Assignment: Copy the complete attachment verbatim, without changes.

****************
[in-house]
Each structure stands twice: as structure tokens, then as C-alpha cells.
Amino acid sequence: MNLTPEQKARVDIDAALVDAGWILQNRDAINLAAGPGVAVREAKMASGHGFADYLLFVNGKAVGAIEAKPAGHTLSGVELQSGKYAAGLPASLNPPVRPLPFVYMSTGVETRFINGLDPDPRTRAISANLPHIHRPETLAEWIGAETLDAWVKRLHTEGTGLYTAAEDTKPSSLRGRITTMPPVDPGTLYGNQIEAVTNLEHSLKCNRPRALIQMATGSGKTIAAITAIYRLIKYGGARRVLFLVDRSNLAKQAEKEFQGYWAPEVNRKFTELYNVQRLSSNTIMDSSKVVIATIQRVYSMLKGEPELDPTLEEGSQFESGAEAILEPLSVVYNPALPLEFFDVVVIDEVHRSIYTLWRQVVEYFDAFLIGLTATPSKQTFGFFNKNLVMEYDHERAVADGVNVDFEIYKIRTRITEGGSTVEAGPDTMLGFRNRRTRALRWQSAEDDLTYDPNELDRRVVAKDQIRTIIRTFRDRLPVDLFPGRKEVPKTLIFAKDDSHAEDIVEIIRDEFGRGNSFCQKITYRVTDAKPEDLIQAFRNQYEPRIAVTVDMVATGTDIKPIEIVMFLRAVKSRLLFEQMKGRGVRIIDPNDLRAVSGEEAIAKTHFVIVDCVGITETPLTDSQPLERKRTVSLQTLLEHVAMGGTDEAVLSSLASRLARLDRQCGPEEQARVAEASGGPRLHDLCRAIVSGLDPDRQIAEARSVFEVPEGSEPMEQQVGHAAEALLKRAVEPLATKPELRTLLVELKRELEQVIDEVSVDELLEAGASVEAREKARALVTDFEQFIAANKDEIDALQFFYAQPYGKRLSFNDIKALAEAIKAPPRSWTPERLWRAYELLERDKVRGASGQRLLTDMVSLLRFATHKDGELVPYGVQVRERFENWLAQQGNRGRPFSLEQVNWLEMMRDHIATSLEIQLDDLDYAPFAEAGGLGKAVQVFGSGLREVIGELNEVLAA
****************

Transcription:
[in-house]
Each structure stands twice: as structure tokens, then as C-alpha cells.
Amino acid sequence: MNLTPEQKARVDIDAALVDAGWILQNRDAINLAAGPGVAVREAKMASGHGFADYLLFVNGKAVGAIEAKPAGHTLSGVELQSGKYAAGLPASLNPPVRPLPFVYMSTGVETRFINGLDPDPRTRAISANLPHIHRPETLAEWIGAETLDAWVKRLHTEGTGLYTAAEDTKPSSLRGRITTMPPVDPGTLYGNQIEAVTNLEHSLKCNRPRALIQMATGSGKTIAAITAIYRLIKYGGARRVLFLVDRSNLAKQAEKEFQGYWAPEVNRKFTELYNVQRLSSNTIMDSSKVVIATIQRVYSMLKGEPELDPTLEEGSQFESGAEAILEPLSVVYNPALPLEFFDVVVIDEVHRSIYTLWRQVVEYFDAFLIGLTATPSKQTFGFFNKNLVMEYDHERAVADGVNVDFEIYKIRTRITEGGSTVEAGPDTMLGFRNRRTRALRWQSAEDDLTYDPNELDRRVVAKDQIRTIIRTFRDRLPVDLFPGRKEVPKTLIFAKDDSHAEDIVEIIRDEFGRGNSFCQKITYRVTDAKPEDLIQAFRNQYEPRIAVTVDMVATGTDIKPIEIVMFLRAVKSRLLFEQMKGRGVRIIDPNDLRAVSGEEAIAKTHFVIVDCVGITETPLTDSQPLERKRTVSLQTLLEHVAMGGTDEAVLSSLASRLARLDRQCGPEEQARVAEASGGPRLHDLCRAIVSGLDPDRQIAEARSVFEVPEGSEPMEQQVGHAAEALLKRAVEPLATKPELRTLLVELKRELEQVIDEVSVDELLEAGASVEAREKARALVTDFEQFIAANKDEIDALQFFYAQPYGKRLSFNDIKALAEAIKAPPRSWTPERLWRAYELLERDKVRGASGQRLLTDMVSLLRFATHKDGELVPYGVQVRERFENWLAQQGNRGRPFSLEQVNWLEMMRDHIATSLEIQLDDLDYAPFAEAGGLGKAVQVFGSGLREVIGELNEVLAA